A population based study of incidence and treatment of benign prostatic hyperplasia among residents of Olmsted County, Minnesota: 1987 to 1997

J Urol. 2005 Jun;173(6):2048-53. doi: 10.1097/01.ju.0000158443.13918.d6.


Purpose: The treatment of benign prostatic hyperplasia (BPH), a common problem faced by aging men, has changed dramatically during the last decade. While BPH has long been considered a surgical condition, the advent of less invasive therapies makes the evaluation of the use of these various treatments important. Thus, this population based study was undertaken to describe the incidence and treatment for BPH from 1987 to 1997 among residents of Olmsted County, Minnesota.

Materials and methods: We identified all Olmsted County men with a new diagnosis of BPH from 1987 to 1997 through the Medical and Surgical Indices made available through the Rochester Epidemiology Project. Overall year and age specific incidence rates were calculated for diagnosed BPH and by treatment type (surgical, minimally invasive, pharmacological, watchful waiting) assuming all men of the Olmsted County population to be at risk. Temporal changes in incidence were analyzed by Poisson regression.

Results: From 1987 to 1997, 2,330 cases of BPH were identified representing an age adjusted, corrected incidence for BPH among male residents of Olmsted County of 854.7 per 100,000 men. While the incidence of BPH increased from 1987 to 1992, coinciding with the introduction of serum prostate specific antigen testing, and subsequently decreased through 1997, the overall incidence of BPH decreased during the 10-year period for the entire cohort (p =0.002). Although the incidence of watchful waiting appeared to increase in the mid 1990s, significant decreases in age adjusted incidence were observed for the period overall (p <0.001). Significant decreases in surgical treatments were observed (p <0.0001). In contrast, there were significant increases in the age adjusted rates of pharmacological treatments during the 10 years (p <0.0001). No significant differences in incidence patterns of treatment type over time were observed by age group.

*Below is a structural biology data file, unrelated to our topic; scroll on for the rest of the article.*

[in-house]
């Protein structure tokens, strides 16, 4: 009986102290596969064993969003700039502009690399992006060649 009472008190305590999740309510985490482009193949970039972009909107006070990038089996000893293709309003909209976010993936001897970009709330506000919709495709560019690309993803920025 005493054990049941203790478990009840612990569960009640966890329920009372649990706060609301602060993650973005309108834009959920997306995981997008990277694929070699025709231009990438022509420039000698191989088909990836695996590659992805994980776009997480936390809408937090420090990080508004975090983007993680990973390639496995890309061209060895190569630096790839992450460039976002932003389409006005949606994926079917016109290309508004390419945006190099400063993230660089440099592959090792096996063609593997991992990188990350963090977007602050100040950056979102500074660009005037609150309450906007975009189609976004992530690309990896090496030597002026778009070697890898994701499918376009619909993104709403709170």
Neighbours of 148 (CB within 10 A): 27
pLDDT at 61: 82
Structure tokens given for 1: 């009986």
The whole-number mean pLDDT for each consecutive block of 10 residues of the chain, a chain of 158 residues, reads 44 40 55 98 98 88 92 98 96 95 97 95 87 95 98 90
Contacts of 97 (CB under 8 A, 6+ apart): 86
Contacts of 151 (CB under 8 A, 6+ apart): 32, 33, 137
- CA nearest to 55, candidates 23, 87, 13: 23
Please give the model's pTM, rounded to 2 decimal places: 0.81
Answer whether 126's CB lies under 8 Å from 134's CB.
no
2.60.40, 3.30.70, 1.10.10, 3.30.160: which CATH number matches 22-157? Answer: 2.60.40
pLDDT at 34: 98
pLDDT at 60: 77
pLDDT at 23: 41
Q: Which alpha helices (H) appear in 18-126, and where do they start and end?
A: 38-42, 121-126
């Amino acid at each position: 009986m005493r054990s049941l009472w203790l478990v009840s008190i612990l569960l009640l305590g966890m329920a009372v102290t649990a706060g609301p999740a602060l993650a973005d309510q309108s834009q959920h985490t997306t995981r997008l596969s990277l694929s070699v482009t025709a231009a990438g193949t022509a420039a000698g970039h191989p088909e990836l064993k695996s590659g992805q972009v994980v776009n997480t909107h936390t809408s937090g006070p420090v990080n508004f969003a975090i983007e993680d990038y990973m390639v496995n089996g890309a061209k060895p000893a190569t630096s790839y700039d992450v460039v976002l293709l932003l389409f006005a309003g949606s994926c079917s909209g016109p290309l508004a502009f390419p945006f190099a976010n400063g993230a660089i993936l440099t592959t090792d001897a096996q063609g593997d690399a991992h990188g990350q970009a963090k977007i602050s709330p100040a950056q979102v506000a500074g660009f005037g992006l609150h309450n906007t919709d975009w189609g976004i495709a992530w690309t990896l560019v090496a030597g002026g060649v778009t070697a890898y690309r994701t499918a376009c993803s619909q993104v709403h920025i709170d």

Conclusions: The introduction of serum prostate specific antigen testing as a screening tool for prostate cancer along with the advent of less invasive alternatives, including pharmacological therapy, have had a significant impact on the incidence of diagnosed BPH in the last decade.

Publication types

  • Comparative Study
  • Research Support, N.I.H., Extramural
  • Research Support, U.S. Gov't, P.H.S.

MeSH terms

  • Adrenergic alpha-Antagonists / therapeutic use
  • Adult
  • Aged
  • Aged, 80 and over
  • Biomarkers, Tumor / blood
  • Cross-Sectional Studies
  • Finasteride / therapeutic use
  • Health Surveys
  • Humans
  • Incidence
  • Male
  • Middle Aged
  • Minimally Invasive Surgical Procedures
  • Minnesota
  • Phytotherapy
  • Population Surveillance*
  • Prostate-Specific Antigen / blood
  • Prostatectomy
  • Prostatic Hyperplasia / blood
  • Prostatic Hyperplasia / epidemiology*
  • Prostatic Hyperplasia / therapy*
  • Retrospective Studies
  • Urinary Bladder Neck Obstruction / epidemiology
  • Urinary Bladder Neck Obstruction / therapy


  • Adrenergic alpha-Antagonists
  • Biomarkers, Tumor
  • Finasteride
  • Prostate-Specific Antigen